Amos was not a prophet by occupation. In reality, he was a sheep herder. He was less MDiv, more FFA . At one point, he blurts this out as if to say "I didn't ask for this job...". Talk about getting swept up in the purposes of God.
Regardless of his paying gig, he speaks it pretty straight. In fact, factor in the brevity of his work - nine short chapters - and I'm thinking his poke-per-chapter index is higher than any of the other prophets on the major list, minor list or elijah list.
Amos prophecied for a brief period of time when the northern and southern kingdoms were enjoying a false sense of security. Looking at their accomplishments and ideals, none would have imagined that in 40 years, the kingdoms would be desolate and the society collapsed. Just when everything looked rosy, the bottom drops out and people were only left with what they'd stored in their hearts. One would think there are lessons to learn here.
One of the things Amos goes after hard is a false sense of dispensing justice. The second edition of the New Living Translation is my favorite - it says
"You twist justice, making it a bitter pill for the oppressed."Apparently one of the precursers of the destruction of the kingdom was their mishandling of these matters - not only the poor, but how they thought about the poor and what they did to fix the issue. Sometimes, even in fixing the issue, we do things that are fundamentally wrong, tainting the whole process.
Ever hear about Product (RED)? I've been following this Product (RED) media frenzy for a bit, and I'm thinking it smells like fish. Or slightly twisted justice. Rather than try and explain how it works, I'll just paste in their words from their website.
"As first world consumers, we have tremendous power. What we collectively choose to buy, or not to buy, can change the course of life and history on this planet...(RED) is not a charity. It is simply a business model.In short, you buy products labeled (RED) and a portion of the profits goes to buy medication for legitimately needy people. It's hard to argue with this. Good will be done here...but I think we have to ask what we're really buying...An iPod or a smug sense that we are a part of the solution?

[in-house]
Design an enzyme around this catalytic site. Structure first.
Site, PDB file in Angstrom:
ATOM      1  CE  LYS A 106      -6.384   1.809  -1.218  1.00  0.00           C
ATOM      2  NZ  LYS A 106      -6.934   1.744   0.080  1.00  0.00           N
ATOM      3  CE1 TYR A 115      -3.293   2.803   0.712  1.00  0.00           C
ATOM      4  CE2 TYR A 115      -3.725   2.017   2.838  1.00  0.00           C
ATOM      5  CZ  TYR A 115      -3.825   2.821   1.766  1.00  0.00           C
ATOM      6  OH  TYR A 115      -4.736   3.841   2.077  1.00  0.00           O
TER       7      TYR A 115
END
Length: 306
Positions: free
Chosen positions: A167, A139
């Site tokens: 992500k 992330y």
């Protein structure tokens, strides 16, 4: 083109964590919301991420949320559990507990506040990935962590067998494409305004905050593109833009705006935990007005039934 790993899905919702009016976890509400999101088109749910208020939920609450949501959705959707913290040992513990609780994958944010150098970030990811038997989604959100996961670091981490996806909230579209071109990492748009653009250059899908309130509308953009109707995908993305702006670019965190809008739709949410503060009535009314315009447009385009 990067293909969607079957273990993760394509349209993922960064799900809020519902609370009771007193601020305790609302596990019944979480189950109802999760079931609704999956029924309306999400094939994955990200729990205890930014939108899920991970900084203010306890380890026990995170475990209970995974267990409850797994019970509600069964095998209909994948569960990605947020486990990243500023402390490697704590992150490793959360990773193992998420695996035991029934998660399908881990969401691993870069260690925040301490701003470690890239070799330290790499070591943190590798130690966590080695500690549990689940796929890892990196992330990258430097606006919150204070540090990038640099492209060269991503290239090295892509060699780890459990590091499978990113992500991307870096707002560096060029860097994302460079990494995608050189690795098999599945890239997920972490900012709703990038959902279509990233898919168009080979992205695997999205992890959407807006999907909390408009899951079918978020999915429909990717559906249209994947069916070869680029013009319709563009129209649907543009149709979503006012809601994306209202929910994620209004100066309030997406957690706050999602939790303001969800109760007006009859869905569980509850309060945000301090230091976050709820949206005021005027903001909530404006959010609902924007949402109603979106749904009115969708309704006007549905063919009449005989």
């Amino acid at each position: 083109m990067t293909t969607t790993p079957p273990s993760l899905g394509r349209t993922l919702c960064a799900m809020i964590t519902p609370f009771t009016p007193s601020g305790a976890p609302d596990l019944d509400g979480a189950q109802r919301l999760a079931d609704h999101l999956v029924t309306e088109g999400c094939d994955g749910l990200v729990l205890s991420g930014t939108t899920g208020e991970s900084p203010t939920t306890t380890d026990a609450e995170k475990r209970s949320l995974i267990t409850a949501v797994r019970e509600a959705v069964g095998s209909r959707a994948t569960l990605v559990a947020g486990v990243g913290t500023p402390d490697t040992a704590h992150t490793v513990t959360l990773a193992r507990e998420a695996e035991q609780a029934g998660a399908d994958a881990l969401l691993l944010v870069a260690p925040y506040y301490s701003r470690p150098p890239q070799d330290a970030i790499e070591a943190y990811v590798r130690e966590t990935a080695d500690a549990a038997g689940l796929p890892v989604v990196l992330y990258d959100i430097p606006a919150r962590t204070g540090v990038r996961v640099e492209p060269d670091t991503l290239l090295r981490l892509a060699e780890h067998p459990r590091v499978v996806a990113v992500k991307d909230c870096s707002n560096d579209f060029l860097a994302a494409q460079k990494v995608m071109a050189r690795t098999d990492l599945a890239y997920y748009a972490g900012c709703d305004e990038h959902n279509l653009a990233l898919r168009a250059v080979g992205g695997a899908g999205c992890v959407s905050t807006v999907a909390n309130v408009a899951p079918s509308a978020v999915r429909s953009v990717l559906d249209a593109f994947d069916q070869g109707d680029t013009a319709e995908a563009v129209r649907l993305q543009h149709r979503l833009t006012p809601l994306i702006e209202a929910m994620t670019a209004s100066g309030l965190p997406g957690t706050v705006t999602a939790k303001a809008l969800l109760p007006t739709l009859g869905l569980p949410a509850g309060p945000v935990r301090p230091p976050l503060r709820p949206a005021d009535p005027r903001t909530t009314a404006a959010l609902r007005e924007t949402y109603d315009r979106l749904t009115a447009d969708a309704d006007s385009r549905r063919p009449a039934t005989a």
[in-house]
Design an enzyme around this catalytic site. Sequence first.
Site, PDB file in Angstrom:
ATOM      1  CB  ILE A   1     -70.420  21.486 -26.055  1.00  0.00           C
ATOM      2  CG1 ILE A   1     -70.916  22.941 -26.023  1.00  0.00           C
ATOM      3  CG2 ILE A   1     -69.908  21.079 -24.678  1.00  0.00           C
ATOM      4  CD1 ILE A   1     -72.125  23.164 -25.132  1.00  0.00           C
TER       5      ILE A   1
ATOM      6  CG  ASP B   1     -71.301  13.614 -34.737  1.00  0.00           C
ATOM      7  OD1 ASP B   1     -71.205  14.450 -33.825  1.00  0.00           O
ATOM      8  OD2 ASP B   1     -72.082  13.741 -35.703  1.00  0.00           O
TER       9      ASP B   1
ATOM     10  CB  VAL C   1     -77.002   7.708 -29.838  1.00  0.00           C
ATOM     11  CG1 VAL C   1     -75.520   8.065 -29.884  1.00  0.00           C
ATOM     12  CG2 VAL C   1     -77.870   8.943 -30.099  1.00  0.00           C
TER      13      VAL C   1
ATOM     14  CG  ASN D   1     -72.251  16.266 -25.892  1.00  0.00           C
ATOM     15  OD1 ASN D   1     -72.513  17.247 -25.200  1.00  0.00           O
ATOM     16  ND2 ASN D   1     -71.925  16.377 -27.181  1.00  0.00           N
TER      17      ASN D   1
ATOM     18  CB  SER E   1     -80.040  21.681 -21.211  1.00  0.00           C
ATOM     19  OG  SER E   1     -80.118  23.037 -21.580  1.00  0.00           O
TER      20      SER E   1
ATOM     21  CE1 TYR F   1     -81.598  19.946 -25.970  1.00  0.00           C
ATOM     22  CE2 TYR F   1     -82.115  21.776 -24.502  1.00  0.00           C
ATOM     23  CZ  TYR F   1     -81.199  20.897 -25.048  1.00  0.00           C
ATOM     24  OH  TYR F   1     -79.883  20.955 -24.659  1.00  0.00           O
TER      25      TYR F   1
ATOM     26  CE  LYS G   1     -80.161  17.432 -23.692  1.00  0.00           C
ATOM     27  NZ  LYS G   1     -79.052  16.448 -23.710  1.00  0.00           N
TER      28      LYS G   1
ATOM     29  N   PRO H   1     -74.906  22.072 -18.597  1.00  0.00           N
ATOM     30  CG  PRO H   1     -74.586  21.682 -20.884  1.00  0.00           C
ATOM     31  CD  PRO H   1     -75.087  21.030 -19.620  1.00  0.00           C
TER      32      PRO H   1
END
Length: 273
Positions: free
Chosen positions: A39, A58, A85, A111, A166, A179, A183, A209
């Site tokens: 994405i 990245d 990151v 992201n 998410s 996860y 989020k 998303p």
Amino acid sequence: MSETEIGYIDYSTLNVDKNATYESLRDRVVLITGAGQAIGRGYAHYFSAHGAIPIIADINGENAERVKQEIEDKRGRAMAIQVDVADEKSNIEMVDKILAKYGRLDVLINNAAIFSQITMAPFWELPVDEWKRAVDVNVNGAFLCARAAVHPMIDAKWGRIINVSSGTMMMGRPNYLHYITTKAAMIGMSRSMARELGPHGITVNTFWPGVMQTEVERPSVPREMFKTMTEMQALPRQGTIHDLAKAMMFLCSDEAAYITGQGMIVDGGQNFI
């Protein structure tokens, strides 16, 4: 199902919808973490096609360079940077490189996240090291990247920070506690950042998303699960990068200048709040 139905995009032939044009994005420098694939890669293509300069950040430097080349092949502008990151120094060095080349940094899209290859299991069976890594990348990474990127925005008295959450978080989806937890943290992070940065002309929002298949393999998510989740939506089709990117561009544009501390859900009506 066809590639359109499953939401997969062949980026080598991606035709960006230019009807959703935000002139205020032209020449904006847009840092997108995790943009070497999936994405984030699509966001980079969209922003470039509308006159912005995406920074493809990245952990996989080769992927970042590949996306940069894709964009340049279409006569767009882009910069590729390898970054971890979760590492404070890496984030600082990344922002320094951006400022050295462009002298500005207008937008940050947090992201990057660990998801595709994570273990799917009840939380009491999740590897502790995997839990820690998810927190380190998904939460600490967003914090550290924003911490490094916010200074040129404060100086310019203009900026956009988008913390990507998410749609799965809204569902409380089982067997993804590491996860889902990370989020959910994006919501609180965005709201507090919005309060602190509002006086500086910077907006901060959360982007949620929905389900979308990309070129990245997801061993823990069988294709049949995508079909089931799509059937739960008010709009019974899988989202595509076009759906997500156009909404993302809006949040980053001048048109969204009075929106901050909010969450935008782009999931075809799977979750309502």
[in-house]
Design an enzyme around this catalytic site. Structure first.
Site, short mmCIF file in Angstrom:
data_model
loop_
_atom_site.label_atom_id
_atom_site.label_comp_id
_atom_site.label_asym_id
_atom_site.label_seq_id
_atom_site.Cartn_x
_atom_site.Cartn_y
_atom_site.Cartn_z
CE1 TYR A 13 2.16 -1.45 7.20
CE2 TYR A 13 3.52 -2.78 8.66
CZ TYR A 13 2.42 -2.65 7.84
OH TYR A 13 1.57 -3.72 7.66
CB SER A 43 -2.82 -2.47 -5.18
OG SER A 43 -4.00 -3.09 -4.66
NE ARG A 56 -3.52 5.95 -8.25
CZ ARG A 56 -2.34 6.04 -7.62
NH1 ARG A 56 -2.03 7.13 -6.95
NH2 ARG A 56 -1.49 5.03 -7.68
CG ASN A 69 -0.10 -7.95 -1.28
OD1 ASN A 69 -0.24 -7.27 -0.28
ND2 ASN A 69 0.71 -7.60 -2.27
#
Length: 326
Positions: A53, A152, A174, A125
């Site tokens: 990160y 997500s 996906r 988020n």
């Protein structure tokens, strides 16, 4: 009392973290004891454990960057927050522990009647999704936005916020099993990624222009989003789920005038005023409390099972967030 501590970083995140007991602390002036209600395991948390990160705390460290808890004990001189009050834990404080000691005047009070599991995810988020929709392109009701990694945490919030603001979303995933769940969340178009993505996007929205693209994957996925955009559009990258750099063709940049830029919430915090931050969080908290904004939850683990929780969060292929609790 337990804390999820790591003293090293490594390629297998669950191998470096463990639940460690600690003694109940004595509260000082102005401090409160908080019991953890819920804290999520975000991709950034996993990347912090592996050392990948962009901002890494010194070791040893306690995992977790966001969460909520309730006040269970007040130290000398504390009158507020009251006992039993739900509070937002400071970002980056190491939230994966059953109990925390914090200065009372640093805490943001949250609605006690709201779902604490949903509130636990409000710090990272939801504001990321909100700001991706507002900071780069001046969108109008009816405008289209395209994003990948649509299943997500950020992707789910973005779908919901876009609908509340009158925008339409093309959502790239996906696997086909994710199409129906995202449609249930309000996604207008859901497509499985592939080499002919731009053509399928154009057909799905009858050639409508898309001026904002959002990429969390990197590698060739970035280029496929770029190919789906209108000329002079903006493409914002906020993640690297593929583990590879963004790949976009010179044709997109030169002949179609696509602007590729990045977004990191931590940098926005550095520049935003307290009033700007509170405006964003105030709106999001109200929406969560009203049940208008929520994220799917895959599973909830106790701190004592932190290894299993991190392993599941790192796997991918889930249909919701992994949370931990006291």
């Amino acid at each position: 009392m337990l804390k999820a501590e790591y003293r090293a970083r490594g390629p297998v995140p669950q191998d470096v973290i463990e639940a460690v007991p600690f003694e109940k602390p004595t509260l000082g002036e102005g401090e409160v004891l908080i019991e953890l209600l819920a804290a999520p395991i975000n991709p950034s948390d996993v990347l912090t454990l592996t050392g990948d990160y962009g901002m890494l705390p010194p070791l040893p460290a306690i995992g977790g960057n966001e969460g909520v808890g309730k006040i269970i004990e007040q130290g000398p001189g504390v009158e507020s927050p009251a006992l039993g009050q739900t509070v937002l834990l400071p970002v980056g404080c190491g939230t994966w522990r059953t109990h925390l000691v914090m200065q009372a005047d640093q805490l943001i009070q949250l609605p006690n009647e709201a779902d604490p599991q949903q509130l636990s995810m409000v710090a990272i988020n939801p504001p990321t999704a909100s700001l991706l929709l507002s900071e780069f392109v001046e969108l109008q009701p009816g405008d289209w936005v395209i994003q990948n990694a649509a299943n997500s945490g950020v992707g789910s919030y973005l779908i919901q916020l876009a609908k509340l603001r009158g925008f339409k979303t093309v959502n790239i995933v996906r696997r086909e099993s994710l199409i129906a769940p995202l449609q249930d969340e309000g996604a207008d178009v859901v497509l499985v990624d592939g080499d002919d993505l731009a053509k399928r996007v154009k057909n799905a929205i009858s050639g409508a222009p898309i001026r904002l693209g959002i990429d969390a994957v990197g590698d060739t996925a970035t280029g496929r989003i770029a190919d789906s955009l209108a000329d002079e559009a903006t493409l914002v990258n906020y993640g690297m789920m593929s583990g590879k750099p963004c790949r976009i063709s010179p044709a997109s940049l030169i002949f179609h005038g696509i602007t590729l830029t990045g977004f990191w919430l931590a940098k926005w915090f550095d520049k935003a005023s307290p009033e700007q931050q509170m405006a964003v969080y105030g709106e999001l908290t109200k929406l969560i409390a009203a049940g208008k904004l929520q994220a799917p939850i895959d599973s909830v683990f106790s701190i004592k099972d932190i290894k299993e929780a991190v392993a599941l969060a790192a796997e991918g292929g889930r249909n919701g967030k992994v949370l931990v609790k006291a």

You buy (RED) stuff, we get the money, buy the pills and distribute them. They take the pills, stay alive, and continue to take care of their families and contribute socially and economically in their communities.
If they don't get the pills, they die. We don't want them to die. We want to give them the pills. And we can. And you can. And it's easy. All you have to do is upgrade your choice."
A lot of hip brands are buying in. GAP. Motorola. Amex. Apple kicks in $10 every time you buy a $250 iPod Nano. Interesting. (RED) manages to congeal our innate desire to be philanthropic with our overarching characterteristic of being self serving. It's a great idea for the Africans - and I'm glad they're getting the mdication - but I wonder what it's doing to our mentality.
Is it really a good thing when a 20 year old thinks justice is best fulfilled by skipping through the mall, chatting on her RAZR, en route to the GAP where she'll smack her AmEx against the upper credit limit?
Is this justice? Or just another way for us to buy stuff and still feel good?
I've probably gone too far...rattling not only Oprah fans, but those who worship at the altar of the foul mouthed irishman. I know that questioning such a (hip) humanitarian endeavor is to risk commiting blogicide, but when the most prosperous people on the planet land on consumerism as the model for justice, it makes me wonder what (really) comes next.
Maybe we've got to do more than upgrade our choice. Maybe we upgrade our motives.